Richard paused, his finger frozen on the page.
“What is it?” asked Darcy with sudden interest, noting the tension in his cousin’s jaw. Over his shoulder, Darcy peeked at the record, the last sentence scripted in a different hand both men knew to be Thornhaugh’s, but only because of what exactly was written.
The bitch is mine no more!
Even Darcy was surprised by the vulgar postscript needlessly added to the record. He sank into a chair next to his cousin, and watched him as he leaned back in his seat, his hard expression difficult to read.
“This man is far, far away now, correct?” Richard asked gruffly.
“That is correct.”
“How can you be sure?”
“I’ve made some inquiries, and he was seen boarding a merchant ship bound for the Cape of Good Hope – as you know the most common course for those en route to India – which confirms Bedford’s report.”
“And why made you these inquiries?” Richard clenched his fist. “Do not withhold anything, Cousin. At this ball, this Almack’s affair…did he go near Georgiana?”
“He never dared and was never sanctioned to, thank God. However…” Darcy swallowed. “He gave very special attention to Anne that evening, and she was clearly charmed.”
Darcy then told of how he’d witnessed Anne acquire the man’s handkerchief, at which point Fitzwilliam leaned forward, glaring at him. “And you allowed this?”
Though Darcy wanted to shout, he instead whispered harshly, “How dare you! Allow? Our cousin is a twenty-eight-year-old woman!”
“Her literal age is meaningless, and you know it,” replied Richard just as severely. “I don’t give a damn if he is in bloody India, or the Indochinese Peninsular! He has marked her. And he has marked her for a reason. And right under your nose. Are you so utterly daft you could not see it?”
Had they been anywhere else, Darcy knew he’d have punched his cousin square in the mouth in that instance. They had certainly come to blows as boys over less. But he was also mindful of the fact that Fitzwilliam was not quite himself at the moment, and answered him calmly after taking a few necessary breaths.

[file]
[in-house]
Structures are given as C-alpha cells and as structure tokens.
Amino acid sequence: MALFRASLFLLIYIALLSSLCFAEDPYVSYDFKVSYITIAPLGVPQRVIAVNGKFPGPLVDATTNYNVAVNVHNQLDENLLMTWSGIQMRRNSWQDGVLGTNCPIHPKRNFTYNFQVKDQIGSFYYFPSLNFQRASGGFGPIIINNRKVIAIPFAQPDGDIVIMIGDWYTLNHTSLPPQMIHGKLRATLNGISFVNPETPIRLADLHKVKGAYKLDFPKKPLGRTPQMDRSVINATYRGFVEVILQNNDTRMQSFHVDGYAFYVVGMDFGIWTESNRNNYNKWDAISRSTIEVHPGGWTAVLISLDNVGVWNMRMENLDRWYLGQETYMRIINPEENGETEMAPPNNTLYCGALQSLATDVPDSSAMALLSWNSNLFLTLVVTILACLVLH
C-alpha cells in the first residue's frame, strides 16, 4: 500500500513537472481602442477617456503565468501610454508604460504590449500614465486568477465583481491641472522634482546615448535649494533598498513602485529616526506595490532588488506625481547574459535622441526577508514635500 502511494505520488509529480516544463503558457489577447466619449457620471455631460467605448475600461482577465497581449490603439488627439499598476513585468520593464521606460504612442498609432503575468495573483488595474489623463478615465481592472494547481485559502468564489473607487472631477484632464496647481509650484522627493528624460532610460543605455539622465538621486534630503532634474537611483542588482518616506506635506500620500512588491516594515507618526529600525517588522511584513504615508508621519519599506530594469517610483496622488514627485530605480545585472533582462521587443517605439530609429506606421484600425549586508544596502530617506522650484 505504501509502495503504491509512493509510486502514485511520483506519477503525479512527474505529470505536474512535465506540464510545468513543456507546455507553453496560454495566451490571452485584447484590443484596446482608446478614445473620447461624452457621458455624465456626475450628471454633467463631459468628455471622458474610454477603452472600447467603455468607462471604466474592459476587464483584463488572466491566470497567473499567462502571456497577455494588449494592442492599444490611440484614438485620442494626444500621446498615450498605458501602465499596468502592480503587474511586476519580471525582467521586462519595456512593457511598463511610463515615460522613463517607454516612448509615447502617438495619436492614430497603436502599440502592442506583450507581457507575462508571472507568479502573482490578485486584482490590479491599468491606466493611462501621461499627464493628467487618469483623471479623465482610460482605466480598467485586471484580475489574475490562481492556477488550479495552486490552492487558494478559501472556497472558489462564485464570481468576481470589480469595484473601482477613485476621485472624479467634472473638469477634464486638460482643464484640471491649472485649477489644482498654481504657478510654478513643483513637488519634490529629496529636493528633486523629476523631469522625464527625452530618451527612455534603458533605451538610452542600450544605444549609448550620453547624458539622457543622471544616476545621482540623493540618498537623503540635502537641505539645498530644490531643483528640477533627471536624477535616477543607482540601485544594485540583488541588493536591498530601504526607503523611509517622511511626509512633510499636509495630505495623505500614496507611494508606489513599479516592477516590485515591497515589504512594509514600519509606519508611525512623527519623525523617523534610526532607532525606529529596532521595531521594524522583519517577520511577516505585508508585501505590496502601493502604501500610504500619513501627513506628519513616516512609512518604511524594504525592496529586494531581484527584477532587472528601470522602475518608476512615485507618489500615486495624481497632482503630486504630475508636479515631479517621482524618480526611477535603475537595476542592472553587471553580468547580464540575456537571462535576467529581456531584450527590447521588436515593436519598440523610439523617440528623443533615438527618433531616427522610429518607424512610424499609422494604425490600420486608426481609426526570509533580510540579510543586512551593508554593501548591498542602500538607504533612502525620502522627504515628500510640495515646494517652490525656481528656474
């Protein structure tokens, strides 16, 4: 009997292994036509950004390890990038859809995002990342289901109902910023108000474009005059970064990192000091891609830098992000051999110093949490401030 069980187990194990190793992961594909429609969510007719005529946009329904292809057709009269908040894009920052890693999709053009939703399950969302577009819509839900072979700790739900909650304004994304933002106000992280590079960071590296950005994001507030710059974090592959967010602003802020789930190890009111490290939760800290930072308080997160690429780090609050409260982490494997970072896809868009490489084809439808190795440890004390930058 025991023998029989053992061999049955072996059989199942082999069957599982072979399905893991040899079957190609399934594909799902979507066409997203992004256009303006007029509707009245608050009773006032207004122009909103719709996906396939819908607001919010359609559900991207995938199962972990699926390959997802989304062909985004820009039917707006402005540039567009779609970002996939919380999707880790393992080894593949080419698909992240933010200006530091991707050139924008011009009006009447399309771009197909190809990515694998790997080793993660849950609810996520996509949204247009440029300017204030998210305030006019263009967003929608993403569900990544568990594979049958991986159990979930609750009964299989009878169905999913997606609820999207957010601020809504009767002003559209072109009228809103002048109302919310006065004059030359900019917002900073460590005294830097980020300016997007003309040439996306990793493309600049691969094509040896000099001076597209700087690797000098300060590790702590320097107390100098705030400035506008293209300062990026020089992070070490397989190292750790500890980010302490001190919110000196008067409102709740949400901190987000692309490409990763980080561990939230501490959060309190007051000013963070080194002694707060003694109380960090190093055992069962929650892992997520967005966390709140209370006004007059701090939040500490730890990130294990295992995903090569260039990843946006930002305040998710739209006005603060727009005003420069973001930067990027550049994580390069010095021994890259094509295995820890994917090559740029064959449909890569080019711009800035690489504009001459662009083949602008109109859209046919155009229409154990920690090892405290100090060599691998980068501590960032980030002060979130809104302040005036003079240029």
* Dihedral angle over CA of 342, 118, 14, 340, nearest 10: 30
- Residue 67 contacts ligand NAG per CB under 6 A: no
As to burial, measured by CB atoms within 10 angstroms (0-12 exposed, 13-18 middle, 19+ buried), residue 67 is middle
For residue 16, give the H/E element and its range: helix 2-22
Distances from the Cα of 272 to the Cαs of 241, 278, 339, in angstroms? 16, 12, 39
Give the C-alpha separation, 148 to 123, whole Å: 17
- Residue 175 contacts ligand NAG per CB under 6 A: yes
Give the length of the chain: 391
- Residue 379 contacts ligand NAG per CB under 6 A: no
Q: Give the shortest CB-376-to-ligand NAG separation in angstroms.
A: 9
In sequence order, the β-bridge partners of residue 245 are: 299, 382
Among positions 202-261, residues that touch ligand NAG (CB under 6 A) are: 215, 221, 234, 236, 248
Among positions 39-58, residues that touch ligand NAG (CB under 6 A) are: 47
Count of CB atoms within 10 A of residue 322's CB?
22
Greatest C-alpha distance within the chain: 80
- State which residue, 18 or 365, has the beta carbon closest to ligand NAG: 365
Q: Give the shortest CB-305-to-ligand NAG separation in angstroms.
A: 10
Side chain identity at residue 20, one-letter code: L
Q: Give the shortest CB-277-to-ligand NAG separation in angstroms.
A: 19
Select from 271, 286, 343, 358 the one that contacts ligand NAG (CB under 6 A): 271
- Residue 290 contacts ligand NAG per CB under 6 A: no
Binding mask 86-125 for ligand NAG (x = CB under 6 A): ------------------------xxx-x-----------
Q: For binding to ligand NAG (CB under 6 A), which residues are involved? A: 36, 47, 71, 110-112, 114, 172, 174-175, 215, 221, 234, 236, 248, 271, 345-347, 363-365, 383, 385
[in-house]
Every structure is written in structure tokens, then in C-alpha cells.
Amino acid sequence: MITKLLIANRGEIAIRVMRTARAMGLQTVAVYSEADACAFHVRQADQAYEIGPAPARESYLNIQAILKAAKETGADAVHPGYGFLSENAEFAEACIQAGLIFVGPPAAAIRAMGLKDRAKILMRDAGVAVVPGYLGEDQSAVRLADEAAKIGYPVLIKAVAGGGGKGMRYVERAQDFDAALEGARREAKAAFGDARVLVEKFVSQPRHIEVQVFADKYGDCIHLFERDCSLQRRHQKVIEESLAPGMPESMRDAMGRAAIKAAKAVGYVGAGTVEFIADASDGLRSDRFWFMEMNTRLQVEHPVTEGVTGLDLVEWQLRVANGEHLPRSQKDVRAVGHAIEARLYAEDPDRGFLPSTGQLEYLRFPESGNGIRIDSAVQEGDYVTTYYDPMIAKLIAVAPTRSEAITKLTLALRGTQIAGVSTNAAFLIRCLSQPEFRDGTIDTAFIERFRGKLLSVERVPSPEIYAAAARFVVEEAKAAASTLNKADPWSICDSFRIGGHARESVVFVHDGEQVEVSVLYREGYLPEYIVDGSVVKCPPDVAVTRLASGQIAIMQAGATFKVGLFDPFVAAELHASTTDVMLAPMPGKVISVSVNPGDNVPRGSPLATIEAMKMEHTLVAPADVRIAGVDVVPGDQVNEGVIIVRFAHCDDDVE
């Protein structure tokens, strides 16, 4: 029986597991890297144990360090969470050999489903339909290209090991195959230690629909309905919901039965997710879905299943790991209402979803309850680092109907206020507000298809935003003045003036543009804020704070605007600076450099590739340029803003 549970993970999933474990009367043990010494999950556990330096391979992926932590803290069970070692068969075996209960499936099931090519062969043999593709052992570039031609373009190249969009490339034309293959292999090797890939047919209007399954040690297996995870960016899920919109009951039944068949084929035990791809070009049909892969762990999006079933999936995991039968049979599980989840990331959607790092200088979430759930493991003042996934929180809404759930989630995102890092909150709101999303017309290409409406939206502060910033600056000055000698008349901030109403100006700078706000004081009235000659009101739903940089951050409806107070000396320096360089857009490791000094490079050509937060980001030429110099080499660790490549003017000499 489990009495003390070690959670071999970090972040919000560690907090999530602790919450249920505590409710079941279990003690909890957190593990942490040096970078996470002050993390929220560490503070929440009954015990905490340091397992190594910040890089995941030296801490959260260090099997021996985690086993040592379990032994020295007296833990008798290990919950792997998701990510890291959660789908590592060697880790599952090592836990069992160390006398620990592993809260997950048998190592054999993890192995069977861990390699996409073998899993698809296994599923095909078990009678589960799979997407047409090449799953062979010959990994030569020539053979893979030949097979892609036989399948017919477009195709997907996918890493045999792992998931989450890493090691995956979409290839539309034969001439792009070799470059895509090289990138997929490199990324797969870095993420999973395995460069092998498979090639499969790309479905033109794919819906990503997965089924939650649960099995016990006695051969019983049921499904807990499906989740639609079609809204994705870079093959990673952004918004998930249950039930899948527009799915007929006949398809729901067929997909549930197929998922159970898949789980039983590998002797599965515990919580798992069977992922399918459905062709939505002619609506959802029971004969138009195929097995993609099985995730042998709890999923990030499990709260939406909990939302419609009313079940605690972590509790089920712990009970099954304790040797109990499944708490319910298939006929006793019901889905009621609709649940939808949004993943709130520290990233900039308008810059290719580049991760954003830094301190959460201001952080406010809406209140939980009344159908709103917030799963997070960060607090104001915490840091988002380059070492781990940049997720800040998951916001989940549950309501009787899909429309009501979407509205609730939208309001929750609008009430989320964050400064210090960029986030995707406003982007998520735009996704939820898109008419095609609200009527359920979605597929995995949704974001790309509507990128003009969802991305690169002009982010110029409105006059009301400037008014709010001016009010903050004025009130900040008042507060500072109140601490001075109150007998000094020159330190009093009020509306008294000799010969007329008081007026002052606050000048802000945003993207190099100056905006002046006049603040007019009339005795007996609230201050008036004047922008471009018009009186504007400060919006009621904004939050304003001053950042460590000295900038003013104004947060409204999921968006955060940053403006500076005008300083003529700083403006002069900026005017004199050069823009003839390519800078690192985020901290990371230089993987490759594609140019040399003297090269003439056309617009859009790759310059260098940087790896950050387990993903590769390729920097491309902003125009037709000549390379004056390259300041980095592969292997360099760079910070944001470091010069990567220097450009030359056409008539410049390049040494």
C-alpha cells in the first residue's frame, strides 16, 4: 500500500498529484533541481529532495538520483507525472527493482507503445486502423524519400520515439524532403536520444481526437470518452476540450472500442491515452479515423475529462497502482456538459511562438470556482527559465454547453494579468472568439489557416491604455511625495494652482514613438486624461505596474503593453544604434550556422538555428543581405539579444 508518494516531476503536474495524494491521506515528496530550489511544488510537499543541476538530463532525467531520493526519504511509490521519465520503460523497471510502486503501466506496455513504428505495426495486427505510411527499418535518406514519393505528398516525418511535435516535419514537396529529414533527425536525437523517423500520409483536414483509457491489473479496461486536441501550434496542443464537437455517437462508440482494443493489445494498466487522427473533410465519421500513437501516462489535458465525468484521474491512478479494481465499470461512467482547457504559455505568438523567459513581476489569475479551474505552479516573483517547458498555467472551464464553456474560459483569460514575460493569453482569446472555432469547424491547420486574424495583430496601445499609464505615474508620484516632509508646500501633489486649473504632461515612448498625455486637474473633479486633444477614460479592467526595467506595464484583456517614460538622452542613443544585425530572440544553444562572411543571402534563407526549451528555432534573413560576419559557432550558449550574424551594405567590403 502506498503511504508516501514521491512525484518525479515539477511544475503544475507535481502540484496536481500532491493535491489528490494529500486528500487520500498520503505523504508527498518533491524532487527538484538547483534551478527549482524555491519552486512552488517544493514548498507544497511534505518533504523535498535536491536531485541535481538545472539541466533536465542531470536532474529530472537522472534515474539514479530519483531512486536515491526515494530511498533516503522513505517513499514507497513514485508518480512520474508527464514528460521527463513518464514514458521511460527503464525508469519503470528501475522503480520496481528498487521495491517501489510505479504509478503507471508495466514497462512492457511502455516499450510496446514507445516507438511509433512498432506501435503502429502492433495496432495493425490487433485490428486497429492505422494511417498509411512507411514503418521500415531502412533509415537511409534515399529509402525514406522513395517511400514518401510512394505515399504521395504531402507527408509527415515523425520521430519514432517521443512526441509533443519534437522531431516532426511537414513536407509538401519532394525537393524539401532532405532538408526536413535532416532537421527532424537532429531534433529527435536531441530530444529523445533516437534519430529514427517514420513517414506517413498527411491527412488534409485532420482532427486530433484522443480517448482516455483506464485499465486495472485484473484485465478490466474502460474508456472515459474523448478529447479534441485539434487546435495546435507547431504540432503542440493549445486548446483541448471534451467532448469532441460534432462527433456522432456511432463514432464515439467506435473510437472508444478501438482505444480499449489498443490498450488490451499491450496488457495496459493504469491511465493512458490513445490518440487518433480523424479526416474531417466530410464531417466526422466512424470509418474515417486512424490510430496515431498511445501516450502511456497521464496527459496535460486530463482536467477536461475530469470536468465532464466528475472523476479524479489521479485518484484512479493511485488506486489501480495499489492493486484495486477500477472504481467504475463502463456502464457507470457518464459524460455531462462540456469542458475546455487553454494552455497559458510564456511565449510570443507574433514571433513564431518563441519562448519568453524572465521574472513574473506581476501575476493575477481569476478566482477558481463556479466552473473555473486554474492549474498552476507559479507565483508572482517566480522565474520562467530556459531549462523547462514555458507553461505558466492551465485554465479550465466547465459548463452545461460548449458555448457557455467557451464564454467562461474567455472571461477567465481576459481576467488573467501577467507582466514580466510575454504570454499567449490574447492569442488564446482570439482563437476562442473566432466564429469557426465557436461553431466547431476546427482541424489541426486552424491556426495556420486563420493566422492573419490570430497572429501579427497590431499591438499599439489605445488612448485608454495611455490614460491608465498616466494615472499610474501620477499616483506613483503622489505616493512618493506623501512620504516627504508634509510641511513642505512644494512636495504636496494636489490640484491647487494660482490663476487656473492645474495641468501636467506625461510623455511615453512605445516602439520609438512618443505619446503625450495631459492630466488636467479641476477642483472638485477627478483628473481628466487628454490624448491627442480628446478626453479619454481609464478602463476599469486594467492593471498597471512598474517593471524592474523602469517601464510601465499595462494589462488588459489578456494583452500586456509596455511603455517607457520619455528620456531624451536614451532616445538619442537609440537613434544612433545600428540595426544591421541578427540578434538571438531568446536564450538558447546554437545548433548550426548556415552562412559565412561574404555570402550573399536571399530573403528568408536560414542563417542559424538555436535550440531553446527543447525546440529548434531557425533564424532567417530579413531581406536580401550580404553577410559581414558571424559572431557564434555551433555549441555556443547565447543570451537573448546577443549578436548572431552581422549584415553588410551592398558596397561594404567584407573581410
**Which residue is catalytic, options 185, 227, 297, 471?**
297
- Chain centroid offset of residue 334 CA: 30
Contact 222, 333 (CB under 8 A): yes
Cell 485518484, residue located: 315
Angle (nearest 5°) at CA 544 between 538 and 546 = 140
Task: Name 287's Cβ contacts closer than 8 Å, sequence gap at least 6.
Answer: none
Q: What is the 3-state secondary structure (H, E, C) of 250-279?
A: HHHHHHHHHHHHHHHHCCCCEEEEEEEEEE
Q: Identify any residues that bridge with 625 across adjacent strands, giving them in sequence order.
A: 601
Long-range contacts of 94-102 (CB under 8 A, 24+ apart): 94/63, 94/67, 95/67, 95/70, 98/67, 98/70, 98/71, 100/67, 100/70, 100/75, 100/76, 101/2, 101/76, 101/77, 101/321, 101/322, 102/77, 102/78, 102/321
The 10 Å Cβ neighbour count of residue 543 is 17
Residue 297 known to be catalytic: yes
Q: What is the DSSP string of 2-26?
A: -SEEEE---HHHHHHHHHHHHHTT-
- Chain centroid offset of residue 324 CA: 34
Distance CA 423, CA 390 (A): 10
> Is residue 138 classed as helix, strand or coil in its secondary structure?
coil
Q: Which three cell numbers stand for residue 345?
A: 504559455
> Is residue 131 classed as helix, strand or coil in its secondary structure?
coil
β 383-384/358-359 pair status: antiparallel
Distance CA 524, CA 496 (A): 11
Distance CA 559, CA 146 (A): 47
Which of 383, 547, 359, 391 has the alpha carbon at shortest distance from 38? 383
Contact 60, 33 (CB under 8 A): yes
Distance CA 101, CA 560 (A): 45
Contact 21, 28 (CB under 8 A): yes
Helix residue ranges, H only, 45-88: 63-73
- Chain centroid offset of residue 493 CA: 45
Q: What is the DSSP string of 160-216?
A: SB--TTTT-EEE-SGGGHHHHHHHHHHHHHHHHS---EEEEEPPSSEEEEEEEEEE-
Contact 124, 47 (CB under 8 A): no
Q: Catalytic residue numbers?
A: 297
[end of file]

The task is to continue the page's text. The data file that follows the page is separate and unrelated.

“Of course I saw it, which is why I followed through with further queries after the ball, rather than make a scene like a madman at a supper table, in a crowded dining hall, at bloody Almack’s. I even spoke to Anne herself. And she assured me she had no sustaining interest in the gentleman, that she was flattered in the moment by his attentions, but had not thought of him since. What else can I do but trust her word?”
“And the handkerchief?”
“She said she wished to keep it as a memento of the evening.” Fitzwilliam’s critical mien forced Darcy to add, “You must understand, Richard, that with Anne de Bourgh we must tread lightly. Now that she views herself as free from Lady Catherine’s power, we cannot simply take charge of her, not even to protect her. I tell you it is not wise at this juncture, and the surest way to have her lost forever.”
“Thornhaugh will come back to claim her,” said Richard. “I am certain of it.”
“And I say your certainty is unfounded,” countered Darcy, “and the future impossible to predict. For now, all that is certain is the blessing that is his banishment from the country. In time, he shall likely find an equally wealthy, more accessible prospect – perhaps an exotic, Indian beauty – and forget all about our shy, pale, sickly cousin. I think it more than reasonable to declare Anne in no real danger.”
“I’ll allow you this much,” said Richard. “There is nothing to be done for it now. But I tell you this, Cousin: I shall never forget how Stephen uttered that bastard’s name. I shall not forget what I now know about the man. And should I ever meet this Thornhaugh, be it months or years from now, I do not intend to ‘tread lightly.’”
Darcy nearly said “Fair enough,” but instead merely closed the ledger and remained in mute reliance on the likelihood that the two men would never set eyes on one another, and that all business having to do with Marquess Thornhaugh was forever in the past.
I’m also happy to share with my Just Jane 1813 readers that Jodi has offered a readers’ choice giveaway of one of her eBooks for my readers! Please leave a comment on this post and let us know what you think of this cover by midnight ET on May 30. The winner will be announced on this blog on May 31, 2017, and be able to select any one eBook from this series.
I want to thank Jodi Covey for her generous giveaway offer for my readers and for writing another volume in a series that I love so much!
You can also read my interview with Jodi Covey from last year and an excerpt from Volume 1.
You can visit Amazon to preorder Progression: Volume 3
This series is available through KindleUnlimited and will also be sold as one book containing all three volumes.
You can visit Goodreads to see what your friends are saying about this series